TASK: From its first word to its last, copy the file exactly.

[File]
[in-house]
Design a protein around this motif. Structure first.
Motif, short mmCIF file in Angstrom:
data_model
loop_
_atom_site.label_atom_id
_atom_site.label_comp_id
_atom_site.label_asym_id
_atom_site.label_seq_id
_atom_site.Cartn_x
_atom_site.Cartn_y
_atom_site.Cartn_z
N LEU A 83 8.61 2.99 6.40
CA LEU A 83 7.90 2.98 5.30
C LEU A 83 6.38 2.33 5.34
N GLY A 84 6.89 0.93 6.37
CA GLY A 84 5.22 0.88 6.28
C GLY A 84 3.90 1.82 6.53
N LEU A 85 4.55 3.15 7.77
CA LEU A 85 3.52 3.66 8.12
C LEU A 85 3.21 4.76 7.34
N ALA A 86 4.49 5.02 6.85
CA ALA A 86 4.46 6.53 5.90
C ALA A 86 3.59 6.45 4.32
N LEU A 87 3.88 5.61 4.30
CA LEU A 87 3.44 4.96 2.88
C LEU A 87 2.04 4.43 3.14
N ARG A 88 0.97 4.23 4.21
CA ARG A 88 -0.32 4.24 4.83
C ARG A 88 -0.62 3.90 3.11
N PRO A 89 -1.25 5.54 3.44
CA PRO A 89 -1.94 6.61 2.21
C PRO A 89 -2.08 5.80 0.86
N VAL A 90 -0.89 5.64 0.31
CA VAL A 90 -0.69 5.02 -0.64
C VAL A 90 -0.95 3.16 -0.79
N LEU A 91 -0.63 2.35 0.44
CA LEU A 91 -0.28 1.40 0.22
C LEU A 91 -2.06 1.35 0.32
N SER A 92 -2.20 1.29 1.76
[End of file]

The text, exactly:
[in-house]
Design a protein around this motif. Structure first.
Motif, short mmCIF file in Angstrom:
data_model
loop_
_atom_site.label_atom_id
_atom_site.label_comp_id
_atom_site.label_asym_id
_atom_site.label_seq_id
_atom_site.Cartn_x
_atom_site.Cartn_y
_atom_site.Cartn_z
N LEU A 83 8.61 2.99 6.40
CA LEU A 83 7.90 2.98 5.30
C LEU A 83 6.38 2.33 5.34
N GLY A 84 6.89 0.93 6.37
CA GLY A 84 5.22 0.88 6.28
C GLY A 84 3.90 1.82 6.53
N LEU A 85 4.55 3.15 7.77
CA LEU A 85 3.52 3.66 8.12
C LEU A 85 3.21 4.76 7.34
N ALA A 86 4.49 5.02 6.85
CA ALA A 86 4.46 6.53 5.90
C ALA A 86 3.59 6.45 4.32
N LEU A 87 3.88 5.61 4.30
CA LEU A 87 3.44 4.96 2.88
C LEU A 87 2.04 4.43 3.14
N ARG A 88 0.97 4.23 4.21
CA ARG A 88 -0.32 4.24 4.83
C ARG A 88 -0.62 3.90 3.11
N PRO A 89 -1.25 5.54 3.44
CA PRO A 89 -1.94 6.61 2.21
C PRO A 89 -2.08 5.80 0.86
N VAL A 90 -0.89 5.64 0.31
CA VAL A 90 -0.69 5.02 -0.64
C VAL A 90 -0.95 3.16 -0.79
N LEU A 91 -0.63 2.35 0.44
CA LEU A 91 -0.28 1.40 0.22
C LEU A 91 -2.06 1.35 0.32
N SER A 92 -2.20 1.29 1.76